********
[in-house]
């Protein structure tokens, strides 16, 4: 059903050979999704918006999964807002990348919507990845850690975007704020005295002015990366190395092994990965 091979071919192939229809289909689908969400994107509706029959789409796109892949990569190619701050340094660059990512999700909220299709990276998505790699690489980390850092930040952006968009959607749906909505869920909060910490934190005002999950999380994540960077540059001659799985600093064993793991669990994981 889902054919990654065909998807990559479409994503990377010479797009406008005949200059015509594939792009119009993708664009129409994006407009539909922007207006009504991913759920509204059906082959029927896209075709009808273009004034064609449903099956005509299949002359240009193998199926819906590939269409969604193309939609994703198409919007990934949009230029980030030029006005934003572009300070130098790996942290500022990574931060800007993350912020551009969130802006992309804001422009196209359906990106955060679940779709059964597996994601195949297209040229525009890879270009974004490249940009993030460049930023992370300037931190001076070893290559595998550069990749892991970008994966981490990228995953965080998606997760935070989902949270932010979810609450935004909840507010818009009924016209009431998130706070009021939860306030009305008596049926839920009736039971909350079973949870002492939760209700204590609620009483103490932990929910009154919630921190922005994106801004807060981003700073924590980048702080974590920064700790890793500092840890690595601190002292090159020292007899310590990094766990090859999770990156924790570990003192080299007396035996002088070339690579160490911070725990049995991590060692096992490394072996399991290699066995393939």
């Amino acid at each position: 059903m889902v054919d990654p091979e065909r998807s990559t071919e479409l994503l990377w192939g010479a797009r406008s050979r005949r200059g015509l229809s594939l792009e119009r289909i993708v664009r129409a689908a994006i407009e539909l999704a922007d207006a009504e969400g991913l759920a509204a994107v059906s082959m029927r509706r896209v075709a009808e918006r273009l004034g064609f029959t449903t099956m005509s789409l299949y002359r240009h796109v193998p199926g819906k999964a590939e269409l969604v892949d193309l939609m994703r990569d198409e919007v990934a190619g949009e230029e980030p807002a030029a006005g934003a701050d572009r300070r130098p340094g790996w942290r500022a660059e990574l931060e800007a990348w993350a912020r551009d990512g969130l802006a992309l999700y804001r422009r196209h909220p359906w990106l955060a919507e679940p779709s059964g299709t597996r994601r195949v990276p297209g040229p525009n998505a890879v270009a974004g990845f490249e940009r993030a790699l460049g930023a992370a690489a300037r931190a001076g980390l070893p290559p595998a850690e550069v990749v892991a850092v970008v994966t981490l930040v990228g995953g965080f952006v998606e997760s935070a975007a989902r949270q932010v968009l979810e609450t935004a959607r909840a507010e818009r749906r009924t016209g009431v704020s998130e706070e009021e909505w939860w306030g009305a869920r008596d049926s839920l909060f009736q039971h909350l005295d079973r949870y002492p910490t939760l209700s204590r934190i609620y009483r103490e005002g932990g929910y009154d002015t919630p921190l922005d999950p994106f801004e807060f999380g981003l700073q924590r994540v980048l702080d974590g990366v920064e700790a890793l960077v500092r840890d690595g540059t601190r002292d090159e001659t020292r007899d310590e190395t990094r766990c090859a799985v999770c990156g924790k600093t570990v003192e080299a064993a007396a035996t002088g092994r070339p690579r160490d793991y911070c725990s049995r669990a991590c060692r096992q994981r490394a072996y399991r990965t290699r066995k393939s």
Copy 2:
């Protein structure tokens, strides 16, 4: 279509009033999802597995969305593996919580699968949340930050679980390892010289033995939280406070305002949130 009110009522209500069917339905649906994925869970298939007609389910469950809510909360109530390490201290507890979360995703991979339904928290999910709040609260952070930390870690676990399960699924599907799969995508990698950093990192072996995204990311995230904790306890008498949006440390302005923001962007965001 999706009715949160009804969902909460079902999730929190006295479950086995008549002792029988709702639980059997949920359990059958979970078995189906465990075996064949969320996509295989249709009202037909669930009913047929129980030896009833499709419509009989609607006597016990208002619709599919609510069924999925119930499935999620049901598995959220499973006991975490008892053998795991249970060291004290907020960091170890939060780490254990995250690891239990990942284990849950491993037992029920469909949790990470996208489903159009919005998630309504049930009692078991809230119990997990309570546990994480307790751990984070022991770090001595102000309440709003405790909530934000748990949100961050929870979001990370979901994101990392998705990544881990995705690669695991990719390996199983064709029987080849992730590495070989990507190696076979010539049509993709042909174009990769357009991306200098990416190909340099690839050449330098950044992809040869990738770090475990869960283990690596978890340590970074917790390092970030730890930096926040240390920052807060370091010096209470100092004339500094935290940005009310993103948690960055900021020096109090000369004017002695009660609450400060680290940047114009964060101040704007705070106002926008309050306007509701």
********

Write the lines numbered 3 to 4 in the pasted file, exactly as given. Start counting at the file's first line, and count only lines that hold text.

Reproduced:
């Amino acid at each position: 059903m889902v054919d990654p091979e065909r998807s990559t071919e479409l994503l990377w192939g010479a797009r406008s050979r005949r200059g015509l229809s594939l792009e119009r289909i993708v664009r129409a689908a994006i407009e539909l999704a922007d207006a009504e969400g991913l759920a509204a994107v059906s082959m029927r509706r896209v075709a009808e918006r273009l004034g064609f029959t449903t099956m005509s789409l299949y002359r240009h796109v193998p199926g819906k999964a590939e269409l969604v892949d193309l939609m994703r990569d198409e919007v990934a190619g949009e230029e980030p807002a030029a006005g934003a701050d572009r300070r130098p340094g790996w942290r500022a660059e990574l931060e800007a990348w993350a912020r551009d990512g969130l802006a992309l999700y804001r422009r196209h909220p359906w990106l955060a919507e679940p779709s059964g299709t597996r994601r195949v990276p297209g040229p525009n998505a890879v270009a974004g990845f490249e940009r993030a790699l460049g930023a992370a690489a300037r931190a001076g980390l070893p290559p595998a850690e550069v990749v892991a850092v970008v994966t981490l930040v990228g995953g965080f952006v998606e997760s935070a975007a989902r949270q932010v968009l979810e609450t935004a959607r909840a507010e818009r749906r009924t016209g009431v704020s998130e706070e009021e909505w939860w306030g009305a869920r008596d049926s839920l909060f009736q039971h909350l005295d079973r949870y002492p910490t939760l209700s204590r934190i609620y009483r103490e005002g932990g929910y009154d002015t919630p921190l922005d999950p994106f801004e807060f999380g981003l700073q924590r994540v980048l702080d974590g990366v920064e700790a890793l960077v500092r840890d690595g540059t601190r002292d090159e001659t020292r007899d310590e190395t990094r766990c090859a799985v999770c990156g924790k600093t570990v003192e080299a064993a007396a035996t002088g092994r070339p690579r160490d793991y911070c725990s049995r669990a991590c060692r096992q994981r490394a072996y399991r990965t290699r066995k393939s």
Copy 2: